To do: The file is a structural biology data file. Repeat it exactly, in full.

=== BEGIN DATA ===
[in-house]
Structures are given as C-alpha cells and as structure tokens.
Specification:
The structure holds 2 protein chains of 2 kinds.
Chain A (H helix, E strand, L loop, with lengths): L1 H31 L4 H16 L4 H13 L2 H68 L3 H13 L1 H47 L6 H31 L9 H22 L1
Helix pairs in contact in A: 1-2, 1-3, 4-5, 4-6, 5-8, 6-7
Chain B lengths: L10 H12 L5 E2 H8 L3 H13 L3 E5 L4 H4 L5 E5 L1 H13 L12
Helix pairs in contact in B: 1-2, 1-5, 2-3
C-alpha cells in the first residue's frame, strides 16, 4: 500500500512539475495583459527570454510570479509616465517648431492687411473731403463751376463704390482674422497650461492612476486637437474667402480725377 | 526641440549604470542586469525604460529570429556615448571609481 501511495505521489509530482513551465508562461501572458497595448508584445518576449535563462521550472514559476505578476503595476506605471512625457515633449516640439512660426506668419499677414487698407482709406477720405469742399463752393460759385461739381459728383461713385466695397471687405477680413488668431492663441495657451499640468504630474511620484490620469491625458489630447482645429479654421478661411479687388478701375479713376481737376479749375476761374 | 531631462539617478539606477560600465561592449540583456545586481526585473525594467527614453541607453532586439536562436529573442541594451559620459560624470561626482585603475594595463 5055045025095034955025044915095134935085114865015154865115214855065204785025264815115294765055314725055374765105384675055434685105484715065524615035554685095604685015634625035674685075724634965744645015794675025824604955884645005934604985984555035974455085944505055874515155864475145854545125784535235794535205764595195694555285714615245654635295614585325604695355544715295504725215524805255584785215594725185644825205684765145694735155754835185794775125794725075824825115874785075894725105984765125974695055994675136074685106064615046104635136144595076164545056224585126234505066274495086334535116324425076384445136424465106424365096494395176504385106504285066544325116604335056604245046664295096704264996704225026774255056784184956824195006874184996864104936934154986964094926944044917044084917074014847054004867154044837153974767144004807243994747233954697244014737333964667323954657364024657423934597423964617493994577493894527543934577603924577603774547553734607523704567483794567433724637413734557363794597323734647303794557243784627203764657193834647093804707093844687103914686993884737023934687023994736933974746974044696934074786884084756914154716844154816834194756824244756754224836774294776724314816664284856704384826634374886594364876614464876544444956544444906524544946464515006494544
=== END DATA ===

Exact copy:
[in-house]
Structures are given as C-alpha cells and as structure tokens.
Specification:
The structure holds 2 protein chains of 2 kinds.
Chain A (H helix, E strand, L loop, with lengths): L1 H31 L4 H16 L4 H13 L2 H68 L3 H13 L1 H47 L6 H31 L9 H22 L1
Helix pairs in contact in A: 1-2, 1-3, 4-5, 4-6, 5-8, 6-7
Chain B lengths: L10 H12 L5 E2 H8 L3 H13 L3 E5 L4 H4 L5 E5 L1 H13 L12
Helix pairs in contact in B: 1-2, 1-5, 2-3
C-alpha cells in the first residue's frame, strides 16, 4: 500500500512539475495583459527570454510570479509616465517648431492687411473731403463751376463704390482674422497650461492612476486637437474667402480725377 | 526641440549604470542586469525604460529570429556615448571609481 501511495505521489509530482513551465508562461501572458497595448508584445518576449535563462521550472514559476505578476503595476506605471512625457515633449516640439512660426506668419499677414487698407482709406477720405469742399463752393460759385461739381459728383461713385466695397471687405477680413488668431492663441495657451499640468504630474511620484490620469491625458489630447482645429479654421478661411479687388478701375479713376481737376479749375476761374 | 531631462539617478539606477560600465561592449540583456545586481526585473525594467527614453541607453532586439536562436529573442541594451559620459560624470561626482585603475594595463 5055045025095034955025044915095134935085114865015154865115214855065204785025264815115294765055314725055374765105384675055434685105484715065524615035554685095604685015634625035674685075724634965744645015794675025824604955884645005934604985984555035974455085944505055874515155864475145854545125784535235794535205764595195694555285714615245654635295614585325604695355544715295504725215524805255584785215594725185644825205684765145694735155754835185794775125794725075824825115874785075894725105984765125974695055994675136074685106064615046104635136144595076164545056224585126234505066274495086334535116324425076384445136424465106424365096494395176504385106504285066544325116604335056604245046664295096704264996704225026774255056784184956824195006874184996864104936934154986964094926944044917044084917074014847054004867154044837153974767144004807243994747233954697244014737333964667323954657364024657423934597423964617493994577493894527543934577603924577603774547553734607523704567483794567433724637413734557363794597323734647303794557243784627203764657193834647093804707093844687103914686993884737023934687023994736933974746974044696934074786884084756914154716844154816834194756824244756754224836774294776724314816664284856704384826634374886594364876614464876544444956544444906524544946464515006494544